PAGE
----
When he arrived in Turkey, those intelligence operatives took the decision to pounce. The al-Qa'ida deputy was seized and taken to one of the interrogation centres covertly operated in the region by the US Central Intelligence Agency. In many cases, America prefers certain prisoners to be questioned by the intelligence services of countries where the rules governing the use of torture or psychological pressure are less strict. In this instance, it appears America led the interrogation, using, in the words of one official, "unspecified psychological pressure" to obtain information.

US officials quoted by The New York Times say the deputy revealed that Zarqawi was operating a cell out of Iraq, that he had been given medical assistance there and that he was planning and conducting attacks across Europe and the Middle East with up to 24 al-Qa'ida fighters. Mr Foley, 62, head of America's Agency for International Development mission, was the first of the cell's targets.

In his address to the UN Security Council on Wednesday, Colin Powell, the American Secretary of State, relied heavily on this information when he accused the Iraqi regime of having links with al-Qa'ida. "[The al-Qa'ida cell members] have been operating freely in the capital for more than eight months," he said. "Iraqi officials deny accusations of ties with al-Qa'ida. These denials are simply not credible."

General Powell said the cell also had links to the alleged ricin suspects arrested in London and Manchester. "The network is teaching its operatives how to produce ricin and other poisons ... Zarqawi and his network have plotted terrorist actions against countries including France, Britain, Spain and Italy," the Secretary of State said.

The interrogation of Zarqawi's deputy also revealed other information, details that America has decided not to reveal formally and which underscore the problems the Bush administration faces in conducting its planned military assault against Iraq.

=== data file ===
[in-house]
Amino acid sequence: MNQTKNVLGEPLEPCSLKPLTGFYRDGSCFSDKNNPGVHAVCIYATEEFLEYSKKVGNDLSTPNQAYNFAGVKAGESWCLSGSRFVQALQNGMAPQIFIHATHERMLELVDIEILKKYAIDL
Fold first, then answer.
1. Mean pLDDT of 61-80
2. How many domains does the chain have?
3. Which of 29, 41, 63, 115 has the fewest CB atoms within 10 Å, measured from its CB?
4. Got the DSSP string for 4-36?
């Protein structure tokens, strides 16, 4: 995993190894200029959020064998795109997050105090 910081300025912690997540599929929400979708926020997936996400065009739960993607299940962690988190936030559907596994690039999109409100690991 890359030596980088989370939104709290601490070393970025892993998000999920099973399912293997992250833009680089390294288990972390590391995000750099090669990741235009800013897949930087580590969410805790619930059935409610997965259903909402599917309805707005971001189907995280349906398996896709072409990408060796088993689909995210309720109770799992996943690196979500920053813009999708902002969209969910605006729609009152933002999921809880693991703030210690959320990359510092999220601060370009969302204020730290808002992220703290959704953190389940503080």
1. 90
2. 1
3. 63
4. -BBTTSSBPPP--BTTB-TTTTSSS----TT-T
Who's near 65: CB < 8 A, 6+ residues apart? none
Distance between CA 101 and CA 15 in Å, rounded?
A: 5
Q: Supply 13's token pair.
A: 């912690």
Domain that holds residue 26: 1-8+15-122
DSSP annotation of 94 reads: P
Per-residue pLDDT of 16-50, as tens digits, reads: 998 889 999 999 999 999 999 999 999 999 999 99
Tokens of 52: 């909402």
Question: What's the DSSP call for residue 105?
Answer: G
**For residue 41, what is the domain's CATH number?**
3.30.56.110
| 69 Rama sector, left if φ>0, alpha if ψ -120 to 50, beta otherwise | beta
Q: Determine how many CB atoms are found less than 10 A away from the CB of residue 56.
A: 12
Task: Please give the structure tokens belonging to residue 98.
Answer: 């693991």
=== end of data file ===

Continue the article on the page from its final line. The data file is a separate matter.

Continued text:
American officials say Zarqawi's deputy also revealed that his superior had been regularly assisted and funded by a member of the Qatari royal family, Abdul Karim al-Thani, who provided passports and $1m (£600,000) in cash.

General Powell declined to reveal this information publicly because Qatar has emerged as an important ally for any American-led operation, allowing the US to set up its main air operations base there. Mr Thani is not a member of the Qatari government and officials from that country have described him as a deeply religious man who has donated large sums to charity.

This is not the first time high-profile Qataris have been linked to al-Qa'ida. Saudi intelligence officials have claimed that after the terror attacks of 11 September, Khalid Sheikh Mohammed, believed to have been one of the senior al-Qa'ida planners of the attack on the World Trade Centre, spent two weeks in hiding in Qatar with the help of "prominent patrons".

Although Western operatives have failed to capture Zarqawi, his identification by General Powell may have sealed his fate, because Baghdad has insisted it has no links with al-Qa'ida. One official said: "A half hour after Powell mentioned his name, I'll wager he disappeared or was killed."
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Old 02-07-2003, 09:15 AM   #3
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there you have it.
it wont matter though to the dissenters tho, mr dread.

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Old 02-07-2003, 09:21 AM   #4
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Well, this was several months ago on CBC, but they had mentioned that there was a radical Islamic terrorist cell in Iran, on the border with Iraqi Kurdistan that was killing Kurds left and right, having declared "jihad" on them for building an autonomous and fairly democratic (e.g., "Western") government.